Pain or Prayer: Anthropologist Studies Religions

You may not be Christian, or religious, but if you live in almost any developed country, you will find it hard to get away from Christmas rituals at this time of year. Of course, many of them are secular: where would the holidays be without rampant consumerism, drunken partying, over-indulgence and family feuds? Then there are the rituals whose religious origins have all but faded, such as Santa Claus.

But while Christmas rituals can be exciting for children, they certainly don't have any of the high drama of those practiced by other faiths.

Take the Australian Aboriginal religious initiation rites that includes scalp biting, fingernail extraction and cutting the initiate's penis with a stone knife, without which a man is not considered spiritually mature.

Or the extremes of the sacred fire dances performed in New Guinea, where in order to commune with their ancestors men enter a trance state wearing masks decorated with blood drawn agonisingly from their own tongues.

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By contrast, the most extreme ritual a Christian is likely to engage in is being dunked during baptism. Why do some religions have rituals that are so much more traumatic than others?

This question has been exercising University of Oxford anthropologist Harvey Whitehouse for over two decades. He is not the first to note that religions tend to fall into two distinct types -- those based on extensive teachings, such as Christianity and Islam, and those based on iconography and personal interpretations, including most small-scale religions and cults. Whitehouse's particular take, though, is to suggest that rituals themselves generate this dichotomy.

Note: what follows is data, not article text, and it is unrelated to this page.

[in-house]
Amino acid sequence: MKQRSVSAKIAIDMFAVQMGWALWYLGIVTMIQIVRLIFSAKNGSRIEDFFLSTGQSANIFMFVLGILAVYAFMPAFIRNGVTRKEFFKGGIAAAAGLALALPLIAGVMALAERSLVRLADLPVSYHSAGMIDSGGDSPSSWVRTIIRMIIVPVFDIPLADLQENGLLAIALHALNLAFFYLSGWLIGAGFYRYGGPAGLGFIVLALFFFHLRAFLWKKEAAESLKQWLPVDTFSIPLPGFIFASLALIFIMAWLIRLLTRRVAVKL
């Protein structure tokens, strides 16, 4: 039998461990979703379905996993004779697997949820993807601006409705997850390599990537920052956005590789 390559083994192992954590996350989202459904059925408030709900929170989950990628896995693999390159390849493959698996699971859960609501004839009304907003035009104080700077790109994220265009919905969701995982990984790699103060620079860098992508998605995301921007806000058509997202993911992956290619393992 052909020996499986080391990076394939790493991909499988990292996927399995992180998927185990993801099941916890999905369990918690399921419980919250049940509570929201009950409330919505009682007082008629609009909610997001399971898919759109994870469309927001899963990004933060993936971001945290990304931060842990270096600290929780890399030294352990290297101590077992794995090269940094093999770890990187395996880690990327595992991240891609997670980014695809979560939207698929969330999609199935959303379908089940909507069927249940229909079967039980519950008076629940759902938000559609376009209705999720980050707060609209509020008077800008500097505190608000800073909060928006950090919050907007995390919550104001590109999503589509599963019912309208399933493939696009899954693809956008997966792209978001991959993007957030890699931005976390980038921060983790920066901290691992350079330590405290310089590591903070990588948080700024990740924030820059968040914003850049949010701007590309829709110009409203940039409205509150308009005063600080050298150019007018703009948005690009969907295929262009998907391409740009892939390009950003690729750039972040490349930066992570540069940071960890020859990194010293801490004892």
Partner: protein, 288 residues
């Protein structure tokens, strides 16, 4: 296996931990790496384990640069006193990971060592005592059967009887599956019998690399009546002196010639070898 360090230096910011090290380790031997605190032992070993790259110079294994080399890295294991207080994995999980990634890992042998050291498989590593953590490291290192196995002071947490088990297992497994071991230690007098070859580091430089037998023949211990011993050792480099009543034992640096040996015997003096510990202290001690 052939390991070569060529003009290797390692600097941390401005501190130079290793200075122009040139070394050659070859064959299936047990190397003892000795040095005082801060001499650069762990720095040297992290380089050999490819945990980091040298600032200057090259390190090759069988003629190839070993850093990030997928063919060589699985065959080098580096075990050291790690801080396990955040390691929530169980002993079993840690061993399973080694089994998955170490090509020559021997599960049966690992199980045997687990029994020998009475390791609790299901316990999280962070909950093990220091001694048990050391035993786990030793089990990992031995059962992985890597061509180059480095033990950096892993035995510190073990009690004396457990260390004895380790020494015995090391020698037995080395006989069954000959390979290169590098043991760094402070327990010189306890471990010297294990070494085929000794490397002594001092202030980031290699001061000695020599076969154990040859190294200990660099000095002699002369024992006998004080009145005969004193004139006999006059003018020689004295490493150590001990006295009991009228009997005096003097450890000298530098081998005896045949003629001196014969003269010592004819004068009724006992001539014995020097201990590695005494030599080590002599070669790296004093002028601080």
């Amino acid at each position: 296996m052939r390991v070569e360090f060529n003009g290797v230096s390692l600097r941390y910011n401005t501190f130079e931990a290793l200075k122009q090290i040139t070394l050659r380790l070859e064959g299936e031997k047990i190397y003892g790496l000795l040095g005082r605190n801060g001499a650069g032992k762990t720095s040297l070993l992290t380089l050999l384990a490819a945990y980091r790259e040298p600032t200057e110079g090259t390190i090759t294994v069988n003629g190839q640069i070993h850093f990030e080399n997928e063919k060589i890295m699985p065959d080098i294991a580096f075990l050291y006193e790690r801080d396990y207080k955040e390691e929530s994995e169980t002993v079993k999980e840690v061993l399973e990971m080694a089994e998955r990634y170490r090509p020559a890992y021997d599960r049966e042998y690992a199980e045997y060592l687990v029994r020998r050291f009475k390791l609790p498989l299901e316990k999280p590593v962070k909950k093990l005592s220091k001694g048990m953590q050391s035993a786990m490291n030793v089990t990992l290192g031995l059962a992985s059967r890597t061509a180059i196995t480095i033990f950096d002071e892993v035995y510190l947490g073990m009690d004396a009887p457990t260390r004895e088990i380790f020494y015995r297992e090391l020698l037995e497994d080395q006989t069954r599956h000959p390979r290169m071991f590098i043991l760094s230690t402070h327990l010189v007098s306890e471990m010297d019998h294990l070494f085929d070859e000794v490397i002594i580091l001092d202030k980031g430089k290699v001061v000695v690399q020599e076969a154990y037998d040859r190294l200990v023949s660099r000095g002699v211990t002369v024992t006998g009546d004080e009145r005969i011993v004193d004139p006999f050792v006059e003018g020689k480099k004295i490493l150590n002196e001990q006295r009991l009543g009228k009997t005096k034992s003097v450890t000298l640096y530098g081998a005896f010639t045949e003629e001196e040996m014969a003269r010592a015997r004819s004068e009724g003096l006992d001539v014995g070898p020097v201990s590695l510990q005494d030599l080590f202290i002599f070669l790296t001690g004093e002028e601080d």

In recent years, several researchers have developed the idea that religion taps into intuitive ways of thinking. Even as young children we seem predisposed to believe in the supernatural, which probably explains why we develop beliefs in spirits, an afterlife and gods as we get older.

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This appears to explain many of the shared characteristics of religions across the globe. But it cannot be the whole story, says Whitehouse, because it also describes beliefs in non-religious supernatural beings, such as the tooth fairy and Father Christmas. So what distinguishes the fairies from the gods?

Whitehouse points out that even when religions are founded on intuitive ideas, acquiring religious knowledge often comes at a cost, and it is this difficult-to-acquire knowledge that is most highly valued. Indeed, it is the complex concepts that are hard to acquire and understand that give any religion its unique identity. This, he believes, is what distinguishes religions from other beliefs, such as superstition. And this is where the rituals come in, he argues. It helps the religious grasp the hard ideas underlying the religion.

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